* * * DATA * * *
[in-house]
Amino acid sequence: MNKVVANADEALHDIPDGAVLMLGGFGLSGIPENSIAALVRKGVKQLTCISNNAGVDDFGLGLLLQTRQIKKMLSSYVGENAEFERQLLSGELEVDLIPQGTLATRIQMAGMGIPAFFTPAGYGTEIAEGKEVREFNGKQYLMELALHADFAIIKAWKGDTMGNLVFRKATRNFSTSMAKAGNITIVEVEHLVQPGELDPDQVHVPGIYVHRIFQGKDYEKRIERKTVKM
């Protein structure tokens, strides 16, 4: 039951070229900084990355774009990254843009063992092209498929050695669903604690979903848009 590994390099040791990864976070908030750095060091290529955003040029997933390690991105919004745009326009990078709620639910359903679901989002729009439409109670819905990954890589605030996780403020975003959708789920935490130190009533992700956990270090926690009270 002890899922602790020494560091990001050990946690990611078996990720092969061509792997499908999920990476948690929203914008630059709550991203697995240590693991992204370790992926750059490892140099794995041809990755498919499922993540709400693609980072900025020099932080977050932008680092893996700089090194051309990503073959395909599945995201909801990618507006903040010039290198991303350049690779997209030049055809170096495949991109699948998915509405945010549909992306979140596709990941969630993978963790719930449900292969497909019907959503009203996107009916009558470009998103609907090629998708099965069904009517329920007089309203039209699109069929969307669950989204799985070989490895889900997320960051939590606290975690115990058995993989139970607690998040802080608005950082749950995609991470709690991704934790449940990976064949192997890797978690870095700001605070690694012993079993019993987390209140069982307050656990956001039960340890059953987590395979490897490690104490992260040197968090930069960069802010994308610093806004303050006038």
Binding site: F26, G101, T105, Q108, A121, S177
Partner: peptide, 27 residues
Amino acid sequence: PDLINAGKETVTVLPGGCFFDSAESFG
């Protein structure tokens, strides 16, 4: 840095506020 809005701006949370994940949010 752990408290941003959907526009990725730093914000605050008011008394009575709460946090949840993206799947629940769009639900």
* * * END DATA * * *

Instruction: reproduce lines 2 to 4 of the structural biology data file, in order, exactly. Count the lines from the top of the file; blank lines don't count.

Amino acid sequence: MNKVVANADEALHDIPDGAVLMLGGFGLSGIPENSIAALVRKGVKQLTCISNNAGVDDFGLGLLLQTRQIKKMLSSYVGENAEFERQLLSGELEVDLIPQGTLATRIQMAGMGIPAFFTPAGYGTEIAEGKEVREFNGKQYLMELALHADFAIIKAWKGDTMGNLVFRKATRNFSTSMAKAGNITIVEVEHLVQPGELDPDQVHVPGIYVHRIFQGKDYEKRIERKTVKM
């Protein structure tokens, strides 16, 4: 039951070229900084990355774009990254843009063992092209498929050695669903604690979903848009 590994390099040791990864976070908030750095060091290529955003040029997933390690991105919004745009326009990078709620639910359903679901989002729009439409109670819905990954890589605030996780403020975003959708789920935490130190009533992700956990270090926690009270 002890899922602790020494560091990001050990946690990611078996990720092969061509792997499908999920990476948690929203914008630059709550991203697995240590693991992204370790992926750059490892140099794995041809990755498919499922993540709400693609980072900025020099932080977050932008680092893996700089090194051309990503073959395909599945995201909801990618507006903040010039290198991303350049690779997209030049055809170096495949991109699948998915509405945010549909992306979140596709990941969630993978963790719930449900292969497909019907959503009203996107009916009558470009998103609907090629998708099965069904009517329920007089309203039209699109069929969307669950989204799985070989490895889900997320960051939590606290975690115990058995993989139970607690998040802080608005950082749950995609991470709690991704934790449940990976064949192997890797978690870095700001605070690694012993079993019993987390209140069982307050656990956001039960340890059953987590395979490897490690104490992260040197968090930069960069802010994308610093806004303050006038």
Binding site: F26, G101, T105, Q108, A121, S177